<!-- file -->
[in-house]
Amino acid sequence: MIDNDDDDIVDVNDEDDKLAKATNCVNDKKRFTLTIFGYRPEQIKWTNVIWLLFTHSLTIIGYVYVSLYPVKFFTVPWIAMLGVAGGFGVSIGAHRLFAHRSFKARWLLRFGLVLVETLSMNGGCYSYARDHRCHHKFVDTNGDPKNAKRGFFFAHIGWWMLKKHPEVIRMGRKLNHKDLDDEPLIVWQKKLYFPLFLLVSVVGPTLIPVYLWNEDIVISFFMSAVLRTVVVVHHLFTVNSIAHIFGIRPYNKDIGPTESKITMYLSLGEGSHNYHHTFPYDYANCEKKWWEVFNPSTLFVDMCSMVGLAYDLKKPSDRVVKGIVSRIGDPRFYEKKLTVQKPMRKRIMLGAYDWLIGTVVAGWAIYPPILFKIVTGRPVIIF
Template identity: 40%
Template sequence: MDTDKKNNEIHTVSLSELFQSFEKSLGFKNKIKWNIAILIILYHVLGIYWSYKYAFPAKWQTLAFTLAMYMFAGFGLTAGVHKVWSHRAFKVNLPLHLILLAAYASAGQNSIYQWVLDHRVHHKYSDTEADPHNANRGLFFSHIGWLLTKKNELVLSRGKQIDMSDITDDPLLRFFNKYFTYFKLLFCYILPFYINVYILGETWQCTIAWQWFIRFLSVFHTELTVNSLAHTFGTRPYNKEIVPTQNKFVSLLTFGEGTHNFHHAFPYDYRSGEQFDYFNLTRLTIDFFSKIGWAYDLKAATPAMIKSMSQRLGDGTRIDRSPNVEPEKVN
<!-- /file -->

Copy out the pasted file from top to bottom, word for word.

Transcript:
[in-house]
Amino acid sequence: MIDNDDDDIVDVNDEDDKLAKATNCVNDKKRFTLTIFGYRPEQIKWTNVIWLLFTHSLTIIGYVYVSLYPVKFFTVPWIAMLGVAGGFGVSIGAHRLFAHRSFKARWLLRFGLVLVETLSMNGGCYSYARDHRCHHKFVDTNGDPKNAKRGFFFAHIGWWMLKKHPEVIRMGRKLNHKDLDDEPLIVWQKKLYFPLFLLVSVVGPTLIPVYLWNEDIVISFFMSAVLRTVVVVHHLFTVNSIAHIFGIRPYNKDIGPTESKITMYLSLGEGSHNYHHTFPYDYANCEKKWWEVFNPSTLFVDMCSMVGLAYDLKKPSDRVVKGIVSRIGDPRFYEKKLTVQKPMRKRIMLGAYDWLIGTVVAGWAIYPPILFKIVTGRPVIIF
Template identity: 40%
Template sequence: MDTDKKNNEIHTVSLSELFQSFEKSLGFKNKIKWNIAILIILYHVLGIYWSYKYAFPAKWQTLAFTLAMYMFAGFGLTAGVHKVWSHRAFKVNLPLHLILLAAYASAGQNSIYQWVLDHRVHHKYSDTEADPHNANRGLFFSHIGWLLTKKNELVLSRGKQIDMSDITDDPLLRFFNKYFTYFKLLFCYILPFYINVYILGETWQCTIAWQWFIRFLSVFHTELTVNSLAHTFGTRPYNKEIVPTQNKFVSLLTFGEGTHNFHHAFPYDYRSGEQFDYFNLTRLTIDFFSKIGWAYDLKAATPAMIKSMSQRLGDGTRIDRSPNVEPEKVN